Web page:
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Synthespianism and anthropomorphization of computer graphics

October 2, 2002 by Diana Walczak

The anthropomorphization of computer graphics has been a classiccase of exponential growth powered by technology, art, commerceand culture. Funding for military and aerospace applications likenuclear weapons design, weather prediction and flight simulationpaid for much of the initial heavy lifting required to build thefoundation of the computer graphics industry during the 1960′s andearly 1970′s.

As the sophistication of graphics software marched forward andthe cost of computing slid downward, the annual… read more

Encompassing education: immersive interfaces improve learning environments

September 17, 2002 by Diana Walczak

Image converted using ifftoany

Originally published in “2020 Visions: Transforming Education and Training Through Advanced Technologies,” U.S. Department of Commerce Sept. 17, 2002.

Broad dynamic content will feed future education technologies. We will integrate motion and haptic interfaces, display and sound sciences, computer simulation breakthroughs, and next-level communication and information technologies. The vast possibilities created by these merging technologies make it crucial to bring together great minds from every discipline to begin… read more

Reflections on the movie S1m0ne

August 25, 2002 by Ray Kurzweil

Andrew Niccol’s Simone tells the tale of a desperate director, Viktor Taransky (Al Pacino), who saves his career by creating (and transforming himself into) his virtual female alter ego, “Simone,” who has “the voice of the young Jane Fonda, the body of Sophia Loren, the face of Audrey Hepburn combined with an angel, and the grace of Grace Kelly,” as his ex-wife Elaine Christian (Catherine Keener) describes her.… read more

Related:
S1m0ne official movie trailer
S1m0ne webpage at New Line Cinema

Reflections on Stephen Wolfram’s A New Kind of Science

May 13, 2002 by Ray Kurzweil

A New Kind of Science

In his remarkable new book, Stephen Wolfram asserts that cellular automata operations underlie much of the real world. He even asserts that the entire Universe itself is a big cellular-automaton computer. But Ray Kurzweil challenges the ability of these ideas to fully explain the complexities of life, intelligence, and physical phenomena.… read more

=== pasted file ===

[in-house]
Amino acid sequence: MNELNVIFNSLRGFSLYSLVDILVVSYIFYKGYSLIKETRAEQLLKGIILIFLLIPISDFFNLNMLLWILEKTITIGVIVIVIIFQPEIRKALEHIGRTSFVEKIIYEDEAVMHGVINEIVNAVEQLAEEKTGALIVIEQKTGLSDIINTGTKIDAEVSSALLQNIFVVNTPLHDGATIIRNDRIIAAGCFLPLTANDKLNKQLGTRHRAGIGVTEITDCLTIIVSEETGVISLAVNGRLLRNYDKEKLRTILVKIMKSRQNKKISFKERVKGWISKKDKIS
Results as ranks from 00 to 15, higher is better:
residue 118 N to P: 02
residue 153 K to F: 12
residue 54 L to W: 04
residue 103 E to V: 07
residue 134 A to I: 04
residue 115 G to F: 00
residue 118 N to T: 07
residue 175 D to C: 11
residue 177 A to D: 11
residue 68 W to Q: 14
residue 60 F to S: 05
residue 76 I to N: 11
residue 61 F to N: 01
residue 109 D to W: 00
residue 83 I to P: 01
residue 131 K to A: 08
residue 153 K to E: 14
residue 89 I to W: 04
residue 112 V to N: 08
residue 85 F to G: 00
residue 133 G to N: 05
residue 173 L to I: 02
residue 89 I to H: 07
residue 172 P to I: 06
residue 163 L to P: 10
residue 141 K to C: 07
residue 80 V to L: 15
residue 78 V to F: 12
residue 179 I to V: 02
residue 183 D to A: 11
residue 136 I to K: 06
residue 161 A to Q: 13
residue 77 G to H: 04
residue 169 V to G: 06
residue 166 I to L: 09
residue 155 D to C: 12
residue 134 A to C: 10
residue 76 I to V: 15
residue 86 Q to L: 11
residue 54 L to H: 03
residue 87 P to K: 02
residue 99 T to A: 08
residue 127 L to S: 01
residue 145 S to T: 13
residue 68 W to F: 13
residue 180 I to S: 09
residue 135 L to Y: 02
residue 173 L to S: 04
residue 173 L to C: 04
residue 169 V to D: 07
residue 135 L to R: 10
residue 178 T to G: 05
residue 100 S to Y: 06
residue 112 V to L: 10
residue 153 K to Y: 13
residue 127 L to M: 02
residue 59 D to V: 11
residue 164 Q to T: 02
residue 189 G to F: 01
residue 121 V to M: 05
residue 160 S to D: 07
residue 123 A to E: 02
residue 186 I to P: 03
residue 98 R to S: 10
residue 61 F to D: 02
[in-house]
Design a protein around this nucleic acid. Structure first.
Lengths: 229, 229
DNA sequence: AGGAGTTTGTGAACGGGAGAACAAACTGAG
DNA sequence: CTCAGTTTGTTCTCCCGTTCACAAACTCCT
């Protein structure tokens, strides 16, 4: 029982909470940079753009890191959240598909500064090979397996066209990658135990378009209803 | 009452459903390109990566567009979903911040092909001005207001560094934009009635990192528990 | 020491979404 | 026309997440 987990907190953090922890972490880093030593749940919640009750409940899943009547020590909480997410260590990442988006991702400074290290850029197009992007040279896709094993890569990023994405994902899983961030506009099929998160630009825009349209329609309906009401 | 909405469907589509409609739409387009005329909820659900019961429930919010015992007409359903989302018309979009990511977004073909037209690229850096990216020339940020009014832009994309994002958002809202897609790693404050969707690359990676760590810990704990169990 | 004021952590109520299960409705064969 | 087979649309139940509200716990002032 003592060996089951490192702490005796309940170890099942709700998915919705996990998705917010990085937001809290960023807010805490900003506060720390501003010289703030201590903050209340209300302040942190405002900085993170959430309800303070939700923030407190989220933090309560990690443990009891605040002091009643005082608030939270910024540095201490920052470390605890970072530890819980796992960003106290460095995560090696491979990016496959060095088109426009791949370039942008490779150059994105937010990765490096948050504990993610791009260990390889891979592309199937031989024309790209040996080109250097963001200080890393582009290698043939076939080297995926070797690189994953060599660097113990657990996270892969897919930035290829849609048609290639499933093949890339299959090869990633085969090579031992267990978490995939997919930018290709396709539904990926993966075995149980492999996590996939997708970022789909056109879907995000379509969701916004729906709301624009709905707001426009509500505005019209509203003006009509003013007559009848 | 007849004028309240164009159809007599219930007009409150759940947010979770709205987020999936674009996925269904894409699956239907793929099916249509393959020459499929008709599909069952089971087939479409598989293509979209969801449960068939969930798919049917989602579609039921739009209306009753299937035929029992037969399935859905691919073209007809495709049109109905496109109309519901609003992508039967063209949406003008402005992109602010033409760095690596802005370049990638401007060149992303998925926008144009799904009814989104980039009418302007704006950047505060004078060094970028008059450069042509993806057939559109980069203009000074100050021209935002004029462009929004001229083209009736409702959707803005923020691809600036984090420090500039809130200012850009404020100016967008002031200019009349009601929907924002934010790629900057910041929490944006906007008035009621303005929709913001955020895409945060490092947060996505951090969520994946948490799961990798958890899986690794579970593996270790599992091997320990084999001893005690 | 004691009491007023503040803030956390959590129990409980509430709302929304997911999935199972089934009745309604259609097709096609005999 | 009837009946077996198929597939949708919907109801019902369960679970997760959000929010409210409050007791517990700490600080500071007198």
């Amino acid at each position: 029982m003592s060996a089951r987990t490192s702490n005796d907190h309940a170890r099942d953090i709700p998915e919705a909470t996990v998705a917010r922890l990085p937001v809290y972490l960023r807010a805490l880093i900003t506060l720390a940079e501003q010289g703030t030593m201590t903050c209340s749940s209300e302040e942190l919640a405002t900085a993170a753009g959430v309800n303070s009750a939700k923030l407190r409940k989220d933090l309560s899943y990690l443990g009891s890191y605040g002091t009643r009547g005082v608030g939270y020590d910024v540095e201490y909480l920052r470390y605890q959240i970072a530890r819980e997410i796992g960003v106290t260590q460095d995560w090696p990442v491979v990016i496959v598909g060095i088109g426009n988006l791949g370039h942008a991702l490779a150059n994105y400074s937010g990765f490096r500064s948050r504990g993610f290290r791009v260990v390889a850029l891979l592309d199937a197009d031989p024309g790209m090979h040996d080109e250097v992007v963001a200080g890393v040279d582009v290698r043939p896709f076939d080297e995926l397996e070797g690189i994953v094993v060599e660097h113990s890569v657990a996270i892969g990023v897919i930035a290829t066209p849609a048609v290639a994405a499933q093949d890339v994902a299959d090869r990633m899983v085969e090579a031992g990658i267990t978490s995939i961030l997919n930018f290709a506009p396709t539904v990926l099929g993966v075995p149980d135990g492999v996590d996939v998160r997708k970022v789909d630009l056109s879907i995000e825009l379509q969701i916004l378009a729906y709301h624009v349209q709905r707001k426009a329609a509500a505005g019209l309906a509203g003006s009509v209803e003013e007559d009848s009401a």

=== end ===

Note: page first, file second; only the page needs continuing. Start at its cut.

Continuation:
Intuitive music

February 26, 2002 by Amara D. Angelica

bob moog 1976

Bob Moog changed musical history 37 years ago with the invention of the first electronic music synthesizer. On February 26, 2002, he received the prestigious Technical GRAMMY Award for his achievements. Here, he looks at the next 37 years.… read more

Decoupling art and affluence

February 20, 2002 by Harold Cohen

Harold Cohen’s AARON has grown immensely as an artist in its own right. In this talk presented at the Thirteenth Innovative Applications of Artificial Intelligence Conference (IAAI-2001), Harold Cohen explores AARON’s remarkable journey as a cyberartist.… read more

MIT panel discussion on Steven Spielberg’s AI film with Raymond Kurzweil, Rodney Brooks, Sherry Turkle and Cynthia Breazeal

May 7, 2001

Steven Spielberg’s film “A.I.” was previewed at MIT on April 20, 2001 at an event that seemed geared more toward humans than futuristic robots.… read more

ask Ray | Physics pioneer David Deutsch, PhD says human level artificial intelligence is possible

January 1, 2000

Aeon - A3

Dear readers,

This is a question from Jacob Sparks who’s the boyfriend of my daughter Amy Kurzweil. He’s working on his PhD in philosophy. His dissertation is on moral epistemology — the philosophical basis of moral systems.

Considering the future of artificial intelligence and its capacity to reflect human ethics, decision making and evaluating priorities is a key focus for theorists who plan for computers to evolve our… read more

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